I commit often. Version control is only as good as your last commit. If I write some tests and they pass, I commit. If I write a new class or method and it works, I commit. At the end of the day, I commit.

I always work on a branch. I try to make a new branch for each feature or “thing” I work on, and when that feature or “thing” is complete in some sense, I merge the branch back in. Typically, I will create and merge several branches in a day. Sometimes I create branches off branches.

Have you ever had that experience where you just want to try something out, so you change a few things and it doesn’t really work out? Your code was working but you broke it. Maybe you ran a search-and-replace operation and it had some unexpected results? Can you back out? Can you really remember all the changes you made? Version control helps two ways here.

  1. You can compare with your old version and see exactly what changed.
  2. You can revert to a previous version. If I want to try an experiment, I do it on a branch. If it all goes horribly wrong, I delete the branch and it’s gone and I’m back to where I was with known-good working code.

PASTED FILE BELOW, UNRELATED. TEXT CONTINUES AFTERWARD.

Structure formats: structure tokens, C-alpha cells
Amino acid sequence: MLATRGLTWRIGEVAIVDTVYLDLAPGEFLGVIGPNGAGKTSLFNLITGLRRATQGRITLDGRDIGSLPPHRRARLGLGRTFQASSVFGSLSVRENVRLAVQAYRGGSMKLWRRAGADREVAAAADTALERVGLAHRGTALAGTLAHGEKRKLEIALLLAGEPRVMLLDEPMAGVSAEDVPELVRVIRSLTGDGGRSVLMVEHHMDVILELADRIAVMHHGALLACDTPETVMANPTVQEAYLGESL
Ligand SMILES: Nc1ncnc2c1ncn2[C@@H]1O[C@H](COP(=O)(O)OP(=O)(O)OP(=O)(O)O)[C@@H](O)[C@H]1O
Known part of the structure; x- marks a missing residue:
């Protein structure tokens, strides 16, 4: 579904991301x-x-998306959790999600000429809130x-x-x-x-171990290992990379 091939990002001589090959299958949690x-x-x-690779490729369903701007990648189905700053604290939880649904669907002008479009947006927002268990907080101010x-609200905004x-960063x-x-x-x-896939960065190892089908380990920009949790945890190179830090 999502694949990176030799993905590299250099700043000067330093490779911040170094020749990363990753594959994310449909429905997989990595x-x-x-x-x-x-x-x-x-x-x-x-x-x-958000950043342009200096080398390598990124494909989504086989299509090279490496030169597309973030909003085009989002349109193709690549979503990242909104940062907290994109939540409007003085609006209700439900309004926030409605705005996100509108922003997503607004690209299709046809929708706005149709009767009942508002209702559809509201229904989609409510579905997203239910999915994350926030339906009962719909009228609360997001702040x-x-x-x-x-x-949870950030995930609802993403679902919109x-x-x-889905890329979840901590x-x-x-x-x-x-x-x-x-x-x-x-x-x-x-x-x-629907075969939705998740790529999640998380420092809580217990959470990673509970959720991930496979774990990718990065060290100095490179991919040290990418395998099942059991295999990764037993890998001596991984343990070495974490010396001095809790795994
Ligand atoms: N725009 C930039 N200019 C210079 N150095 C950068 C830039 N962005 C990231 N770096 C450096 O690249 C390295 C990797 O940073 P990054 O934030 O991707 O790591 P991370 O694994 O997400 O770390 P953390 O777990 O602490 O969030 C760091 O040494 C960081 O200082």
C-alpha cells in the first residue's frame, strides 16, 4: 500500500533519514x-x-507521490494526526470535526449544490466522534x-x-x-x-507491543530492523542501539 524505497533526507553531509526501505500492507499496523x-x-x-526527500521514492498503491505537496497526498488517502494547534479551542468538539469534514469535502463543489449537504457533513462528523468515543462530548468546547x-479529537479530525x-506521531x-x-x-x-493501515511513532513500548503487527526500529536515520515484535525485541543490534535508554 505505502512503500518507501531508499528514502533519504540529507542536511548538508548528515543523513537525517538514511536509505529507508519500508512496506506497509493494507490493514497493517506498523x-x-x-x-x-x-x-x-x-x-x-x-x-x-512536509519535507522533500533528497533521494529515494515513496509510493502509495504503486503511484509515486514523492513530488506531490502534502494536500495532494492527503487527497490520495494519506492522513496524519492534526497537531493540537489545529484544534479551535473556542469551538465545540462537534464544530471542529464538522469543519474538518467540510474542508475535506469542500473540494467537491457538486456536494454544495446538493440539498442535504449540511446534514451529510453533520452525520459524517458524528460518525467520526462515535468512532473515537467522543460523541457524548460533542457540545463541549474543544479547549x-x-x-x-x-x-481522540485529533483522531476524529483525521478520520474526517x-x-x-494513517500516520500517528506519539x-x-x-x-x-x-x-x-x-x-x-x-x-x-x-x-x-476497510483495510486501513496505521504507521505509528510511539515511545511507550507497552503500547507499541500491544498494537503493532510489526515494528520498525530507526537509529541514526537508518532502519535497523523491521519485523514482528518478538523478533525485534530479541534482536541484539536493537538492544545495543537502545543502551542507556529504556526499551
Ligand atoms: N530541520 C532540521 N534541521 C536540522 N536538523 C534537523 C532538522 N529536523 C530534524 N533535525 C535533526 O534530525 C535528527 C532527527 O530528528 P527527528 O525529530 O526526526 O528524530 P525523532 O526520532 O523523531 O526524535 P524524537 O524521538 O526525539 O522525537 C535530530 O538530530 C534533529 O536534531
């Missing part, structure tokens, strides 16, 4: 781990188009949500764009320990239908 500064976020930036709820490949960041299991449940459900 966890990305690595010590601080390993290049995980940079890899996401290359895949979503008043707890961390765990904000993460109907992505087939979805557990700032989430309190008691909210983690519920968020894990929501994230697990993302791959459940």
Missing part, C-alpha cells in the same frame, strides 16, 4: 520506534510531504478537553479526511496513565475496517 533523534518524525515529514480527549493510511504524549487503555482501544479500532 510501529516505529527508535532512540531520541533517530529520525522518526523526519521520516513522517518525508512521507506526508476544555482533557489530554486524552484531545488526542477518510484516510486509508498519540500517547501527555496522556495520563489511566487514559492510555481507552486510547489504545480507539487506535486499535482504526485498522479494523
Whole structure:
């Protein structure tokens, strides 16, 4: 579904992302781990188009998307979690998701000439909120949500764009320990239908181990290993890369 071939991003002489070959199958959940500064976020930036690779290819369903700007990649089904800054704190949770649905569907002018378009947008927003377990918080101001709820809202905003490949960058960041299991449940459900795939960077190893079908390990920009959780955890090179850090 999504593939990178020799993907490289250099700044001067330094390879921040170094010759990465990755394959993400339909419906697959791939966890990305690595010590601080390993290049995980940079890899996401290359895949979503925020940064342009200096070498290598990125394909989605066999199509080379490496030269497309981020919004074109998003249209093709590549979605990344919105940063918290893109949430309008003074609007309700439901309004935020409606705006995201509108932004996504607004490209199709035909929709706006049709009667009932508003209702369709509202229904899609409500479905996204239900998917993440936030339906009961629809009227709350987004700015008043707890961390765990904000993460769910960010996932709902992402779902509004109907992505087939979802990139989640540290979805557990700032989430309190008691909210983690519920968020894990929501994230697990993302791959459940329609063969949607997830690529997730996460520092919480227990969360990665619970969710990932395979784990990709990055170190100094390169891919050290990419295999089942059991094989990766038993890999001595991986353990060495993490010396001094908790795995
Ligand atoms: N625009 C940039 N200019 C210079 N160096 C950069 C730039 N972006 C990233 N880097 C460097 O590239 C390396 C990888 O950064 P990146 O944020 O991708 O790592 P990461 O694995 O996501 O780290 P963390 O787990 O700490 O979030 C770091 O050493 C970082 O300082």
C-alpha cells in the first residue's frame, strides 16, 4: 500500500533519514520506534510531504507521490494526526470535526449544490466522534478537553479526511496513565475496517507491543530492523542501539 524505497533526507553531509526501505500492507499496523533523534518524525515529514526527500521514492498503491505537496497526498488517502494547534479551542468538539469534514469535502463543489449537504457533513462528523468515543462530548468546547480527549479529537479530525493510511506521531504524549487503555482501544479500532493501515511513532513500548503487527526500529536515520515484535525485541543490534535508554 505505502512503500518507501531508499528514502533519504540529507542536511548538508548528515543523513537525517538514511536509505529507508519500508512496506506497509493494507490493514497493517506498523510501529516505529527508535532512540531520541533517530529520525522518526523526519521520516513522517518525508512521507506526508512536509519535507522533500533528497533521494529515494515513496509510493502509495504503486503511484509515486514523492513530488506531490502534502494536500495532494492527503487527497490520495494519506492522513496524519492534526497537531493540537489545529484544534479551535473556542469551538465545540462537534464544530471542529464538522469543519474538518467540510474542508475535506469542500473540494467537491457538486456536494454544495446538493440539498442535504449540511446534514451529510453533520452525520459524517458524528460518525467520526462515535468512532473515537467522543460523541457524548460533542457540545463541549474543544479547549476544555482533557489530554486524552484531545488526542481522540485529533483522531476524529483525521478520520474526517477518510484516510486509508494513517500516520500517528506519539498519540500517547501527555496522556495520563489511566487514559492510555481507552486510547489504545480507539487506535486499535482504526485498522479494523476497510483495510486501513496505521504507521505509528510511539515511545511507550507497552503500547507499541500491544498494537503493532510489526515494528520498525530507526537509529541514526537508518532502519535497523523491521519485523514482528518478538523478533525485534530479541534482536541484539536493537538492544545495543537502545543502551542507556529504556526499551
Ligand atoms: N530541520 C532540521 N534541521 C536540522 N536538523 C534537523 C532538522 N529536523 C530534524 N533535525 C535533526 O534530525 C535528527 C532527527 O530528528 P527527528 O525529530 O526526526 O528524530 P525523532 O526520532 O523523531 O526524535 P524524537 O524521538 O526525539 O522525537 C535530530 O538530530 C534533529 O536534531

Armed with this knowledge, you can be confident with experimentation yet never break working code.

I generally have two 'special' branches. I use Git and my master branch contains only releases. I never commit to master unless I'm making a release. Another, called develop is my main integration branch. It is where all my changes ultimately end up. When I start a new feature or bugfix, I create a branch from develop. When that unit of work is complete and tested, I merge it back into develop. This is loosely based on a branching strategy known as 'Git Flow' (see http://nvie.com/posts/a-successful-git-branching-model/) perhaps a subject for another blog post.